I bump into tech folks often these days who have the word “Evangelist” in their title, or even “Chief Evangelist.” Yeah, I get it. “Evangelize” had that cool factor, ever since Guy Kawasaki coined it over two decades ago to promote the Apple brand. Since leaving Apple, among other endeavors (Google, etc.), he’s now the Chief Evangelist for Canva, a design software firm – same hat, different cattle.
Guy was, and is one of the modern technology sector’s greatest minds. He coined, and defined Evangelization Marketing for technology, brilliantly borrowing a word from the Christian faith at a time when Christians weren’t all that excited about spreading the good word. In a world chock-full of young turks all too eager to spend Sunday mornings hacking vs. praying, evangelizing tech became an instant hit with Gen-Xers from Silicon Valley to Boston Harbor. But that was then. This is now.
OK Guy, you had your turn. Can we have our word back now?
Today, especially in the technology field, you still see thousands with “Evangelist” on their title. The hipster generation of the dot-bomb era claimed the term as their own, perhaps oblivious to the fact they were declaring “My job is my God;” perhaps not.
I know a lot of these guys because I’m one of them. And while I won’t bang on others’ shortcomings, I know I’ve certainly been much more adept at sharing the word on the technology I’m pushing far louder than the faith I’m quietly practicing. A few years back, that began to change.
We all may want to be careful and mindful what we ask for, when we want the term “Chief Evangelist” printed on our business cards, especially when the true meaning and purpose of faithful evangelization has not been properly impressed upon our hearts.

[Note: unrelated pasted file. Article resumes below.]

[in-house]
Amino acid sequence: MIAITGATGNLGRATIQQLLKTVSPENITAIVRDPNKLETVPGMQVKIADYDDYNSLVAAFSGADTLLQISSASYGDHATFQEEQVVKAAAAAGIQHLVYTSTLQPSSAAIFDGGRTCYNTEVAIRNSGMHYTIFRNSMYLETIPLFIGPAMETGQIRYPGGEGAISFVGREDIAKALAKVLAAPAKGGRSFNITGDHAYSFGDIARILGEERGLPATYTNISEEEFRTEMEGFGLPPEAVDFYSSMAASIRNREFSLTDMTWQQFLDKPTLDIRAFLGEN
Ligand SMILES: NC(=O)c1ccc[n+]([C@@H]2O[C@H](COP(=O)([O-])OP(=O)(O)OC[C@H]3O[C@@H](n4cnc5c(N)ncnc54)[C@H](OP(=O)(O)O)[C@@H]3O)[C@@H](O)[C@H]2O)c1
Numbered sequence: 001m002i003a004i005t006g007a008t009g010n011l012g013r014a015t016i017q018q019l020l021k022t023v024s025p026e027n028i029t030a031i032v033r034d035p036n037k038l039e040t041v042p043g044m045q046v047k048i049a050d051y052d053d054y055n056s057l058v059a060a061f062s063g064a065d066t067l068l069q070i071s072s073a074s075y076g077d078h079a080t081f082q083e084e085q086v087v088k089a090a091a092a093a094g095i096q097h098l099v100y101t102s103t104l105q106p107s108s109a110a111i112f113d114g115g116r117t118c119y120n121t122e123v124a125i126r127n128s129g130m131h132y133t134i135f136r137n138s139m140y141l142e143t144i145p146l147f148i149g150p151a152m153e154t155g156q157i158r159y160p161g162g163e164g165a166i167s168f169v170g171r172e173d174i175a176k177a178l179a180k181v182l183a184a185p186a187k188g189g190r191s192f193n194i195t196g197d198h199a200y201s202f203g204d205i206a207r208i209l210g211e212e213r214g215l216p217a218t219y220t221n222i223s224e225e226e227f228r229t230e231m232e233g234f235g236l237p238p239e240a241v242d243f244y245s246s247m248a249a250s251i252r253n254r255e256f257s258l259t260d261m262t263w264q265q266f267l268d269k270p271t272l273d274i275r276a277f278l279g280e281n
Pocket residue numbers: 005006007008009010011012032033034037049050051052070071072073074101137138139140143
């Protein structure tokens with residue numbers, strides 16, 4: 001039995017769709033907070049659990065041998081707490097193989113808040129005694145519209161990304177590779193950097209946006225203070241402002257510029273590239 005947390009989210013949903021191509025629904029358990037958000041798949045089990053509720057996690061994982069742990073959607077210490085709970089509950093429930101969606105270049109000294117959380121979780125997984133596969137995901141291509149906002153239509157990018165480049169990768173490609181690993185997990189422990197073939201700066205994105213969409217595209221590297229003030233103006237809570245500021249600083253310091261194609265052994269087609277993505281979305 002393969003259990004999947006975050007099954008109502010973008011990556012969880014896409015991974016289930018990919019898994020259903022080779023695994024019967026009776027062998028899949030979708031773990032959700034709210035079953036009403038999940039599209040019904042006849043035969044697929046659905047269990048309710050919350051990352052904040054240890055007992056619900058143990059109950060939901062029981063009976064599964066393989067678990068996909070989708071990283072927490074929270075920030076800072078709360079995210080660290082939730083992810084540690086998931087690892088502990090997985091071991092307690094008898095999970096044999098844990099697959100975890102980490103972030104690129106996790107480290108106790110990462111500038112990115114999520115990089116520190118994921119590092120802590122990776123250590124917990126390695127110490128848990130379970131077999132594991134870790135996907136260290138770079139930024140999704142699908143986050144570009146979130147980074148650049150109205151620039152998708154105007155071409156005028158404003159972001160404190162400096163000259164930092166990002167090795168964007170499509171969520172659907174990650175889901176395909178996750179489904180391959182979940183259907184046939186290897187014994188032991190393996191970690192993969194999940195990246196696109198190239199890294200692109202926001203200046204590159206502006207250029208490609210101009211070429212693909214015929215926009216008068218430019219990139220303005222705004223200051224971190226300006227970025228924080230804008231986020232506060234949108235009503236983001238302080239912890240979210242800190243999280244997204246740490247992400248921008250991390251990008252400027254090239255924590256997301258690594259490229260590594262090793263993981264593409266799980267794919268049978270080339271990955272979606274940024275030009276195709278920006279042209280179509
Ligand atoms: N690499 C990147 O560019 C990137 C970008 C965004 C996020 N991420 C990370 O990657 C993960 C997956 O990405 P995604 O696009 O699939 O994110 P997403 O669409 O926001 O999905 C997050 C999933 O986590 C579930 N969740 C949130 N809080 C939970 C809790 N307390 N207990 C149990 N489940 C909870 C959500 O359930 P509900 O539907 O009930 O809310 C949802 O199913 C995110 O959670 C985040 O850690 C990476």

Wisdom tells me, evangelizing is best saved for something far more important than any technology, brand or marketing buzzworld we’ve ever known, or will ever know in the future. If we’re doing it right, our faith comes first.
So I’m still all-in on tech, but let’s promote technology, but let’s evangelize about Jesus Christ’s example He set for us all to follow.
- We count on technology to work
- We know and believe technology has great value for humankind
- But let’s save our faith and evangelization for God
Don’t you agree?
Blessed Mother Teresa sure was right in saying, “God has not called me to be successful. He called me to be faithful.”
I’m no saint (still workin’ on it), but I do have faith in this: God loves us, and he wants us to evangelize about Him. So when it comes to evangelizing about things? That doesn’t light me up.
Getting the word out about software, hardware or any brand isn’t evangelization, it’s just P.R. Word of mouth advertising in the 1980s became evangelization marketing in the 1990s, and social networking in the 2000’s.
Now, it may make more sense to take a little step back from our all-consuming careers, and simply do the little (and big) things to do our best to truly love God back.
Words have meaning. Some are sacred.
So whether you’re faithful or not, whether you’re an Apple fanboy or a PC fanatic, a Google geek or an open source advocate, let’s all do today’s generation a favor and respect that evangelization was, and is, a term that belongs in the religious – not the marketer’s – lexicon.
Can I get an “Amen?” Your comments are welcome, as always.
(This article is a 2016 update from its original, written January 25, 2014)